- The overflowing cup also calls to mind the story of the prodigal son, who, after wasting away his father’s inheritance, returns home to his father, who spares no expense as he throws a lavish party in celebration. It is a good sort of wastefulness that erases the bad sort of wastefulness.
- This verse uses the image of food and drink, obviously referring to the Most Blessed Sacrament, the Eucharist. Our Lord gives us not just a symbol of his sacrifice, but he offers us his very body as food, and his very blood as drink. He does not hold himself back from us. He generously and faithfully comes to remain with us, to enter under our roof. Filled with the supper of the Lamb, our hearts overflow with love for God and for our neighbor.
“In the sight of my foes, you anoint my head with oil”
- This verse calls to mind the anointing we receive on our heads at Confirmation. It is a sacrament of strengthening, even as we rest from battle. We need the strength of Confirmation in order to wage spiritual battle in this life. We need to draw on the gifts of the Holy Spirit and the grace of our Christian initiation in order to be Children of Light in a world of darkness. In the sight of our foes, we stand apart from the world. We have been anointed and given a mission to bring Christ to our community.
It is evident, then, that the sacraments are a key component of rest. They sanctify us and prepare us for the work to which we will return. Without periodic rest in our lives, we all risk burnout and personal disintegration.
And yet, there are good ways to rest and bad ways to rest. How many of us return from vacation just to say, “Now I need a day off just to rest from my vacation!” If you’ve ever said that (and I know I have), perhaps we should re-evaluate the way we rest. Is it restorative? Is there space in the vacation to sleep? To pray? To sit around and just be in the company of others? Or is our vacation packed to the gills with places to see and things to do? A vacation like that feels a lot like work, and not much like rest.
We need rest. We need time for leisure and recreation. And we need it more often than two weeks in the summertime. In fact, we need it each and every week of our lives. And God knows that. In fact, he knows it so well that, while he was creating the world, he even created a day off. For us Christians, that day is Sunday. And just like our vacations, there is a good way to spend a Sunday and a bad way to spend a Sunday. So, allow me to give some suggestions on how to spend a Sunday well.
Sunday should be different that the other days of the week.
- Wear different clothes. There was a time when we used to say, “put on your Sunday best” and everyone knew what that meant. It means that we have special, nicer clothes that we only wear on Sundays and special occasions. We even used to say, “Wear ‘church clothes’ to the graduation.” Now I hear folks say to wear “school clothes” to church. That’s backwards. Let’s change that.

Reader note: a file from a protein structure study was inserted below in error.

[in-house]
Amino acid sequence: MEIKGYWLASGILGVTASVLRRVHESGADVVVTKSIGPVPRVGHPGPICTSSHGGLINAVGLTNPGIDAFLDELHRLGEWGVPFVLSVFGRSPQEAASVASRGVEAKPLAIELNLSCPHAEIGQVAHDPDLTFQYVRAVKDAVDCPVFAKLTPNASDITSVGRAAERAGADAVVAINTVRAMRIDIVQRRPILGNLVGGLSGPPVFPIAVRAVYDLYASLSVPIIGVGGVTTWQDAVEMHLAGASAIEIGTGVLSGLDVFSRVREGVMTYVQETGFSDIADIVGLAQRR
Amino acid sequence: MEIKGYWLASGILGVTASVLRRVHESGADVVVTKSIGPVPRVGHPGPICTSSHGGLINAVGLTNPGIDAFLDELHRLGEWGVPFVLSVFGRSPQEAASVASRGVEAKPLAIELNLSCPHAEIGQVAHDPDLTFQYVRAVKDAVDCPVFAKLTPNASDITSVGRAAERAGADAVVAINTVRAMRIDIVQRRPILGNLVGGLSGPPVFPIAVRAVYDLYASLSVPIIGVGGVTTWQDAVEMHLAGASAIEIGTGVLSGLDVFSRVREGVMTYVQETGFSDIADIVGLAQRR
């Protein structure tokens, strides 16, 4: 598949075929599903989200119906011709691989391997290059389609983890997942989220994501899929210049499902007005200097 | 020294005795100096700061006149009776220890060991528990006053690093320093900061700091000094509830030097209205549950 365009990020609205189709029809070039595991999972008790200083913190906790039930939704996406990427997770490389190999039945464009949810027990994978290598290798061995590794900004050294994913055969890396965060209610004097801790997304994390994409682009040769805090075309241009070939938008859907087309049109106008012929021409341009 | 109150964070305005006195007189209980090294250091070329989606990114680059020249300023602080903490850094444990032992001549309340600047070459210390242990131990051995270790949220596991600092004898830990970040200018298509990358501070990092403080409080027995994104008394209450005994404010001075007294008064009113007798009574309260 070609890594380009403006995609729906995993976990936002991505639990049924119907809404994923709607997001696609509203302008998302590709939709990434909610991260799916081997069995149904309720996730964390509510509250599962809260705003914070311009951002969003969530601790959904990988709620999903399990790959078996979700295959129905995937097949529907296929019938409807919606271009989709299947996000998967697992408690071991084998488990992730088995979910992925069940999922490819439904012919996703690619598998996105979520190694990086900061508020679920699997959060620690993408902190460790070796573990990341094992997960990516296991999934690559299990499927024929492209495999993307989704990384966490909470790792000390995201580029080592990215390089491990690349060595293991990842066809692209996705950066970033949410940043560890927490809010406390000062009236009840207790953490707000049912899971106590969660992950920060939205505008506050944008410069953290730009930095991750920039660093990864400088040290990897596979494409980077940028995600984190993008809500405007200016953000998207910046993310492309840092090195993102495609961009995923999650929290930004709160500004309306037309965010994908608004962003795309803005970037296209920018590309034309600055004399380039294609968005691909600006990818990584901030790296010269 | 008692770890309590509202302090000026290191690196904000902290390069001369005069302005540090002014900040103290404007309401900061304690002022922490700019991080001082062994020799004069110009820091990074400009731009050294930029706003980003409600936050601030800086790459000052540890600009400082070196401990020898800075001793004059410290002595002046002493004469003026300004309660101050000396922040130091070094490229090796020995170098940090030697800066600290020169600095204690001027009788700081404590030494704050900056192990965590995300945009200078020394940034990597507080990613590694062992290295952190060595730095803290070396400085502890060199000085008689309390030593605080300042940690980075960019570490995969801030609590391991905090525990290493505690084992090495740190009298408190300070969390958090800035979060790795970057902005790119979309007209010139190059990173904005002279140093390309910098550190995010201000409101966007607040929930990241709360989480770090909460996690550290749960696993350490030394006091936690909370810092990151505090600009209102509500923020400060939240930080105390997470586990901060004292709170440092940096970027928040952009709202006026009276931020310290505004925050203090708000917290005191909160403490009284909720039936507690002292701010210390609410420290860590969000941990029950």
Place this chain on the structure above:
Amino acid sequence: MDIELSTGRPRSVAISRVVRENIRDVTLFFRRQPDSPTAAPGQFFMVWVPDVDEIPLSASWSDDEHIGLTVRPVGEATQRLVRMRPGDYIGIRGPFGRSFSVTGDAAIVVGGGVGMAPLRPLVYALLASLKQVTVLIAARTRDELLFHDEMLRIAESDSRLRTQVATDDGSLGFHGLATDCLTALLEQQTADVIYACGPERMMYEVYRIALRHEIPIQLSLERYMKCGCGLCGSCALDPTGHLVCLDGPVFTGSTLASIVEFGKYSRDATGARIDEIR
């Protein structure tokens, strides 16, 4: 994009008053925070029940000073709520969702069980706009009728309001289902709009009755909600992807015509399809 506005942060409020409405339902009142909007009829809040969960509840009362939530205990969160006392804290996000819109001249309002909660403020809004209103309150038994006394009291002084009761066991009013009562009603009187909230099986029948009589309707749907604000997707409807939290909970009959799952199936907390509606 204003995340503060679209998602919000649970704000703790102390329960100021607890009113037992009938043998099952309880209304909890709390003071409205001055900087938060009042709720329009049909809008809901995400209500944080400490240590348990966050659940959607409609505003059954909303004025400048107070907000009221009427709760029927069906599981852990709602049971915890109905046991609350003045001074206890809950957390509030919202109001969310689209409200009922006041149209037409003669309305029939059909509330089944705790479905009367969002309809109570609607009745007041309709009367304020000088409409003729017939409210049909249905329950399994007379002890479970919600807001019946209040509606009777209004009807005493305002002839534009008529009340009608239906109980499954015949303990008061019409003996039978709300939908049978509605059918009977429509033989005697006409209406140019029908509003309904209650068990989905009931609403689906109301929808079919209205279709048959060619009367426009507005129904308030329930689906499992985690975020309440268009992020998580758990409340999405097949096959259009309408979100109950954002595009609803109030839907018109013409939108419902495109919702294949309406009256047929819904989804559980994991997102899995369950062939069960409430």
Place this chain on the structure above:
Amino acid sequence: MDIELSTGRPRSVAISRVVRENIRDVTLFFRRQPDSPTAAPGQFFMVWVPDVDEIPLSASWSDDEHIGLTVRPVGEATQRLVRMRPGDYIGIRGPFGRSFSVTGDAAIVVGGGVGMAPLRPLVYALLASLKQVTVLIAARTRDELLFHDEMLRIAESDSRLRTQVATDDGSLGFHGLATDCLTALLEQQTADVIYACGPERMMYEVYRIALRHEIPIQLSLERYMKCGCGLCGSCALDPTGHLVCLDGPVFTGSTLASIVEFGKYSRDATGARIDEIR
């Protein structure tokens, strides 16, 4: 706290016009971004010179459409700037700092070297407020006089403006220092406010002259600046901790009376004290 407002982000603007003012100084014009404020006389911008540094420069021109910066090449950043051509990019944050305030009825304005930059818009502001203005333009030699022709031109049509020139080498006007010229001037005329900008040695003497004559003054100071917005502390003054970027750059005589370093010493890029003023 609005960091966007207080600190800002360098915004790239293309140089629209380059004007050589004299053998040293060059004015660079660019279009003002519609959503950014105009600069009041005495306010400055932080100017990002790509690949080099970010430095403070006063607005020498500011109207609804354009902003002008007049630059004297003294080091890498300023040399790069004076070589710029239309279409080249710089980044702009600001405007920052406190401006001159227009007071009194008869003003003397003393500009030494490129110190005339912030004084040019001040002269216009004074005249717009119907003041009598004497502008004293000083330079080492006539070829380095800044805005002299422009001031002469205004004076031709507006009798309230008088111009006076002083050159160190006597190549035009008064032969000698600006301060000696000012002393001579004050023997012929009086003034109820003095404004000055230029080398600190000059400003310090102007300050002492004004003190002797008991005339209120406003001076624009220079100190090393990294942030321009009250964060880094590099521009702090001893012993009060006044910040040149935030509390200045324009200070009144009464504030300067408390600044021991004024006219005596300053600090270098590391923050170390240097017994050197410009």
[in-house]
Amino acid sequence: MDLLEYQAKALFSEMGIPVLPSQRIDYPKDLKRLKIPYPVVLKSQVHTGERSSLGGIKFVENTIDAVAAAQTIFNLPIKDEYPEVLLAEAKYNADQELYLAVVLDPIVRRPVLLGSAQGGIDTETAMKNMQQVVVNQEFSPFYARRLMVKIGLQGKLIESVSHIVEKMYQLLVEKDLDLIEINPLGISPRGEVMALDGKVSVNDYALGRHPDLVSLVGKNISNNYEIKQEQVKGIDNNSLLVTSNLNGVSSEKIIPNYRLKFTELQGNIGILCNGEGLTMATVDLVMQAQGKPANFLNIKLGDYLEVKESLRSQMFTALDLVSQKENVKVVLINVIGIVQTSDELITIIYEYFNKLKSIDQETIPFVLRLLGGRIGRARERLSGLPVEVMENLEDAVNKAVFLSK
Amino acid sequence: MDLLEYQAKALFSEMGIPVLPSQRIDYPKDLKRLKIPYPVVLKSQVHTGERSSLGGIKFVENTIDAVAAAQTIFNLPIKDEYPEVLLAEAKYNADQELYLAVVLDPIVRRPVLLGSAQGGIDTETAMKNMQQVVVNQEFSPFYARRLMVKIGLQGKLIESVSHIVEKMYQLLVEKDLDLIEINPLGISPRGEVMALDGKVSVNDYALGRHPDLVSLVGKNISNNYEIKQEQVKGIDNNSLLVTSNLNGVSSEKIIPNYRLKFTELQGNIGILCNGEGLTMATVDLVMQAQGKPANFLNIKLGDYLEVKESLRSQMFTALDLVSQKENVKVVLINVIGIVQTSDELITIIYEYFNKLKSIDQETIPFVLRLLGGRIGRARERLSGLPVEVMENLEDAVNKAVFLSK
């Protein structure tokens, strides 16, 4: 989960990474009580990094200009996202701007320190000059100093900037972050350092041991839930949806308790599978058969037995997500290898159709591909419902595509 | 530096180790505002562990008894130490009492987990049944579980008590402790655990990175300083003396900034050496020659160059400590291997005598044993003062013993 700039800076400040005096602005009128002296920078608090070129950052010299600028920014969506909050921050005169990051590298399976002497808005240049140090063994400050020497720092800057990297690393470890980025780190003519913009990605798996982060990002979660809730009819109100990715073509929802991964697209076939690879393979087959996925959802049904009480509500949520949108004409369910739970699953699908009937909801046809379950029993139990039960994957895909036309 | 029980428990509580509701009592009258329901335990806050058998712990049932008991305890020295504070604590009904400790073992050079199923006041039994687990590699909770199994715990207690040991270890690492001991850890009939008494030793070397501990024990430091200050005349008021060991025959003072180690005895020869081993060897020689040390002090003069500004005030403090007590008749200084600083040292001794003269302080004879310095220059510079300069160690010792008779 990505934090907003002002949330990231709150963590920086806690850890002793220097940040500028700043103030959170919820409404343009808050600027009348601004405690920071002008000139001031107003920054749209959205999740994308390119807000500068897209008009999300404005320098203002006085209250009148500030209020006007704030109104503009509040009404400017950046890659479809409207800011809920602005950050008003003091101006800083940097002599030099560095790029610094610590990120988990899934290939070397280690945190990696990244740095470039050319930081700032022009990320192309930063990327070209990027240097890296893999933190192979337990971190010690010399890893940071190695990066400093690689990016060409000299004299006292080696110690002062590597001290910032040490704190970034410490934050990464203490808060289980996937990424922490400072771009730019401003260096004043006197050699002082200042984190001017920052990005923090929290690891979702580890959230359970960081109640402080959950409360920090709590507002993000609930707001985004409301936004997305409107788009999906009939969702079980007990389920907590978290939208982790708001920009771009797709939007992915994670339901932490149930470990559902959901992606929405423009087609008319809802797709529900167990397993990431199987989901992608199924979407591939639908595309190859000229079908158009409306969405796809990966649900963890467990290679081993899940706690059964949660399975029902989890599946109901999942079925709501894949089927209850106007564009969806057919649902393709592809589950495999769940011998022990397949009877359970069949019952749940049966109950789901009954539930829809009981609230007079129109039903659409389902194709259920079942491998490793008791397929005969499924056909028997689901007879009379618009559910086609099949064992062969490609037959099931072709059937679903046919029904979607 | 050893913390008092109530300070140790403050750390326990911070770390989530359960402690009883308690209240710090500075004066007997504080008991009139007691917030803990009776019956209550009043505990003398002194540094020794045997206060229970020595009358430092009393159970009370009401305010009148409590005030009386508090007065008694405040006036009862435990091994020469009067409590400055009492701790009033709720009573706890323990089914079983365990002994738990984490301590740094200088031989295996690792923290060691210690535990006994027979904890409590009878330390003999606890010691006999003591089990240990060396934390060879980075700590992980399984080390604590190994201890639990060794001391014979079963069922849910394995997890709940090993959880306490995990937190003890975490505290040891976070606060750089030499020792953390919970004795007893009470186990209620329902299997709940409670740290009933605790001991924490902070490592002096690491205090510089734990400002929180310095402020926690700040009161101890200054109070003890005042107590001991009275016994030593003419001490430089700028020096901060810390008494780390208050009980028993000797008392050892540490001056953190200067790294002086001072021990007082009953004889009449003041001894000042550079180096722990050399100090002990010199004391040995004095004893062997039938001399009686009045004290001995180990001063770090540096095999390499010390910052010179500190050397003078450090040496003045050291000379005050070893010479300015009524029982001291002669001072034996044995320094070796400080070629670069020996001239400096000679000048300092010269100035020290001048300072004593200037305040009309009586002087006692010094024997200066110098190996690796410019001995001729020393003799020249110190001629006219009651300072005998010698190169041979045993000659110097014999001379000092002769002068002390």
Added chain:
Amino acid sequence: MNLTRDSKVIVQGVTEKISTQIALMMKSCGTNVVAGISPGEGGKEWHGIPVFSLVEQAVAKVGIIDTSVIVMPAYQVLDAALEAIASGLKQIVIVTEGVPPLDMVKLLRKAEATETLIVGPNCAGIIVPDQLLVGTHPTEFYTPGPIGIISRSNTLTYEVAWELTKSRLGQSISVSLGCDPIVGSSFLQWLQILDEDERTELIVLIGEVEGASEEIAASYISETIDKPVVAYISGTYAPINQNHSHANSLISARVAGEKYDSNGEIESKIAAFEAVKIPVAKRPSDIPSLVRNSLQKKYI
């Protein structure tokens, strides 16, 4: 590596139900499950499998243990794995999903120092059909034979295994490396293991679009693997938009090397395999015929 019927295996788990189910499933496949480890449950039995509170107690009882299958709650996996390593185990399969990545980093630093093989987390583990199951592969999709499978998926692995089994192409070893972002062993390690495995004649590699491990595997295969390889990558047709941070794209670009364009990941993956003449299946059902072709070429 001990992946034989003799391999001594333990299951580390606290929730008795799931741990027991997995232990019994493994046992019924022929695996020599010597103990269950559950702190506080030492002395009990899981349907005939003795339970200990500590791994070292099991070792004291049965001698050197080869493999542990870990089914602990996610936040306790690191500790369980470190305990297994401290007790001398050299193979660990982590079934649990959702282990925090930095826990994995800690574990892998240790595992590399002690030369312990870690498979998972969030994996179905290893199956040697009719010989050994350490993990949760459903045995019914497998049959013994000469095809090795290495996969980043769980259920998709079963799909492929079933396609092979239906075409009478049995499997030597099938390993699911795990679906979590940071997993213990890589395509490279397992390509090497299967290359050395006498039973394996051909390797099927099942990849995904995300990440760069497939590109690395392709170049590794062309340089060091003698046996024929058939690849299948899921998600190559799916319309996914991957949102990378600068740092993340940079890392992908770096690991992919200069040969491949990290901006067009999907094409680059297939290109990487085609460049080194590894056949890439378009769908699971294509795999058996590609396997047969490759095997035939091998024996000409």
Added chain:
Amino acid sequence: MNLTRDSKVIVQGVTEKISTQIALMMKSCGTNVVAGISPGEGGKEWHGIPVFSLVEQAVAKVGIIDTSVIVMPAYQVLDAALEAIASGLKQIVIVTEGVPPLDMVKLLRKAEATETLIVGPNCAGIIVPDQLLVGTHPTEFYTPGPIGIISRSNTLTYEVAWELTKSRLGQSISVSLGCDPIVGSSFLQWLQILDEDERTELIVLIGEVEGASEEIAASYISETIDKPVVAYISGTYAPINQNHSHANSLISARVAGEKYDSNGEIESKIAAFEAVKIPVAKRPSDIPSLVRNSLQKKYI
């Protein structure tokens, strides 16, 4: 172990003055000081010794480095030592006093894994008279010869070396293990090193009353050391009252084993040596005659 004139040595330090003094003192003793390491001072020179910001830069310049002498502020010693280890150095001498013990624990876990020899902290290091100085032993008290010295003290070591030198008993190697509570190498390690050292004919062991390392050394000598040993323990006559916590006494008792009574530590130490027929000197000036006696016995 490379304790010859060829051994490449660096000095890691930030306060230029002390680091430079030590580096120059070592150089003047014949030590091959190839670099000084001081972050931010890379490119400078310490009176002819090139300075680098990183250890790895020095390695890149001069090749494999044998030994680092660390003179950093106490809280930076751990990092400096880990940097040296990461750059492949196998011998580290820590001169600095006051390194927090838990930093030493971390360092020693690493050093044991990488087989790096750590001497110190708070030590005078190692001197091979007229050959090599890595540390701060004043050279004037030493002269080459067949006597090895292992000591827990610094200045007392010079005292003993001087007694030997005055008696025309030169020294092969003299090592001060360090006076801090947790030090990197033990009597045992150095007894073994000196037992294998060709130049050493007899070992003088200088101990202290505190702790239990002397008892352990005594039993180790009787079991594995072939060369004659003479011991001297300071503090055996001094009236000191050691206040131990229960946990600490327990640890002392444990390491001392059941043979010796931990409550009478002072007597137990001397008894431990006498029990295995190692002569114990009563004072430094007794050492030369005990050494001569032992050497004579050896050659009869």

Follow the third commandment, and keep Sunday holy.
- Attend Mass
- Pray in the car on the way to church
- Form an intention for the Mass—
- What will you offer?
- What will you pray for?
- Ask your kids what they are going to pray for
- Discuss the homily or the readings in the car on the way home
- Talk about your vocation in life. What is God calling us to do? Did we receive any inspiration during our prayers this morning?
Just as God rested on the seventh day, keep Sunday a day of rest.
- Save homework, housework and home maintenance for Saturdays
- Don’t watch/read the news. The world will keep turning.
- Take a nap!
- Spend time with each other
- Play team sports and games
- Watch a movie together and discuss it
- Do an act of service together for a neighbor
- Cook together, eat together with the TV off, phones put away
Refocus on what’s most important.
- Fathers, come up with a mission for your family. Come up with a motto for your family. Give purpose and direction to your family.
- Discuss the deeper questions in life, and seek out the answers. Don’t be afraid—whatever the question is, someone has already asked and answered it.
As theologian Josef Pieper said, “leisure is the basis of culture,” so cultivate some culture!
- Practice an art or skill. Might I suggest music? Even Willie had to practice the guitar before he was good enough to perform.
- Read a good book. One that you want to read.
- Make up a game, even if the rules change every five minutes.
- Turn on the stereo, move the couch and dance in the living room.
- Learn to brew your own beer. That will make the rest of your Sundays much more enjoyable.
If we approach Sunday intentionally, we will begin to change the way we see ourselves, not defined by the work we do, but defined by our relationships with God and our neighbor. After all, we are human beings, not human doings. It’s Sunday, so be human today. Come away and rest for a while.